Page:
pulls shoppers into blooming plant display.
When you plan floral displays, you probably focus on capturing
the eyes of your customers. However, you might find it
beneficial to appeal to their ears as well. Susan Jordan, floral
manager at Schnucks in University City, a suburb of St. Louis,
Mo., discovered this when she designed her “April Showers Bring
May Flowers” display.
Ms. Jordan placed a white angel fountain at the center of her
colorful blooming plant display. Her corporate office allowed
her to run water through it as long as it was kept clean and
didn’t get water on the floor. She checked it once a day and
turned it off at night.
Ms. Jordan says the fountain captured attention because shoppers
wanted to know where the sound of running water was coming from.
Once they found the source, she says, the colorful floral
products caught their eyes and took over. She entered the
display in the 2004 “Merchandising Award of Excellence” contest,
sponsored by Super Floral Retailing and Börgen Systems.
RAIN THEME The sound of running water went perfectly with
the display’s rain theme, which Ms. Jordan emphasized with
brightly colored umbrellas. She hung two from the ceiling with
fishing line and color-coordinated two others with folding
chairs she borrowed from the general merchandise department of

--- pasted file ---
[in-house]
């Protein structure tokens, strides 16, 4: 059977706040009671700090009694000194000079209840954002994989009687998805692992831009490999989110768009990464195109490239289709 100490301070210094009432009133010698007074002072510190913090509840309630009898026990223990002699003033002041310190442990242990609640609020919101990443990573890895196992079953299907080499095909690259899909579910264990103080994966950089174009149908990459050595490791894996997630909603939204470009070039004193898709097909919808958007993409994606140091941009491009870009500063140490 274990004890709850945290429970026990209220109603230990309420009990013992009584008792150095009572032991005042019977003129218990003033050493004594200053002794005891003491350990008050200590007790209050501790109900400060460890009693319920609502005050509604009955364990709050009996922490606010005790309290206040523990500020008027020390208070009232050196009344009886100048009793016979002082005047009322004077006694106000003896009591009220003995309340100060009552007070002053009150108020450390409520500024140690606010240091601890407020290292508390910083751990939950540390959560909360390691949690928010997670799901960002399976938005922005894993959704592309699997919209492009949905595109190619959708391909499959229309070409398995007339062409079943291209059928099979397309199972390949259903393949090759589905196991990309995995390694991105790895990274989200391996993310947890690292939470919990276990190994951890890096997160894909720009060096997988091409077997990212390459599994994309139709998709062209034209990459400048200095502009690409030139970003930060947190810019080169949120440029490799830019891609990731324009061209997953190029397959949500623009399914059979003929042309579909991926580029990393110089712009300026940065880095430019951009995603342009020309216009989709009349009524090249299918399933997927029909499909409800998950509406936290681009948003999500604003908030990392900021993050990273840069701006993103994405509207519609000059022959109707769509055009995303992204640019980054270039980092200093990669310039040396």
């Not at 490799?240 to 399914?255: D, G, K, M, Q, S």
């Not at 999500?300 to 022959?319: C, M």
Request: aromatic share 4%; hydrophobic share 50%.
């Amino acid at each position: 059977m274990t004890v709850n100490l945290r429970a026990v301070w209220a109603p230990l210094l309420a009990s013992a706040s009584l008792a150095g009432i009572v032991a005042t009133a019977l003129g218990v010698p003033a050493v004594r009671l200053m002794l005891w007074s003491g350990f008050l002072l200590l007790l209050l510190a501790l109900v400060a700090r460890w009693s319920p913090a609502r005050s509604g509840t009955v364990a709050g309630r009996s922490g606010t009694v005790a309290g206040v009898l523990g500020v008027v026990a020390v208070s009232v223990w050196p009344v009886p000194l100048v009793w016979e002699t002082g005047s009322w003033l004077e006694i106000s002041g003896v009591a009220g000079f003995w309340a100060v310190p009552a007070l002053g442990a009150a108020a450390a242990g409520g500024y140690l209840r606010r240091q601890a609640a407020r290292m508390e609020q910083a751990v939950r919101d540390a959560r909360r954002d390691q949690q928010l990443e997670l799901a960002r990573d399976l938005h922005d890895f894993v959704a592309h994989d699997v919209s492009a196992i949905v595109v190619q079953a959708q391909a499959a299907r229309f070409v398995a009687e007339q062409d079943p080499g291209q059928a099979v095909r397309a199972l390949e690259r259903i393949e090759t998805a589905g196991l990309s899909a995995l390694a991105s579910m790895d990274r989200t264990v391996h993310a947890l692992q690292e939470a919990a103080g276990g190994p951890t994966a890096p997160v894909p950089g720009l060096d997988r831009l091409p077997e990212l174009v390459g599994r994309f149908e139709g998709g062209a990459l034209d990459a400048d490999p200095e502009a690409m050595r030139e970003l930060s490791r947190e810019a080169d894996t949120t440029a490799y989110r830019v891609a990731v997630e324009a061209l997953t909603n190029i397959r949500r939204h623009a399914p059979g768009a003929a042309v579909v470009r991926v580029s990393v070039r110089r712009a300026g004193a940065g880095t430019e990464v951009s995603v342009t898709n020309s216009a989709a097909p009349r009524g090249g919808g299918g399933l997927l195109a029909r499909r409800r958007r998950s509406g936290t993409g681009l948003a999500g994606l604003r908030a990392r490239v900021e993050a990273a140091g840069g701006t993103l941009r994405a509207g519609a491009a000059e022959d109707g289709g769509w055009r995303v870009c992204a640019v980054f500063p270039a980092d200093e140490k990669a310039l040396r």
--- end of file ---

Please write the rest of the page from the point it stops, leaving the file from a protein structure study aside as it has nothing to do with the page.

GARDEN EMPHASIS Ms. Jordan added more bright color with
coordinating flower balloons, a bumble bee balloon, water cans
and garden kneeling pads. These items also emphasized the garden
aspect of the display. She dropped a plant into one of the
watering cans as a gift idea and stuck butterfly picks into some
of the potted blooming plants. Garden tools and statuary also
helped develop the gardening theme.
COLOR BLOCKING All the product was placed on a tiered
merchandiser that Ms. Jordan constructed using gray blocks. The
display included a variety of both indoor and outdoor plants.
She noticed that customers purchased more outdoor products than
usual because they were mixed in with the indoor items.
Ms. Jordan color-blocked the product in yellow, pink and white
sections. The fresh product included yellow chrysanthemums and
pansies, pink azaleas and Hydrangeas, and white chrysanthemums.
The display was backed with a row of large dark green palms, and
a row of smaller palms lined the front.
ADDED BONUS Ms. Jordan had an unexpected bonus from the
display. Some customers in search of gifts requested that she
put together garden-themed gift baskets from products in the
display and combine dish gardens with garden gloves and tools.
Ms. Jordan’s display, located at the entrance to the
supermarket, went up as soon as the products arrived and stayed
up until it was no longer full, which she says wasn’t very long.
You can reach Merchandising Merit writer Monica Humbard at
email@example.com or (800) 355-8086.
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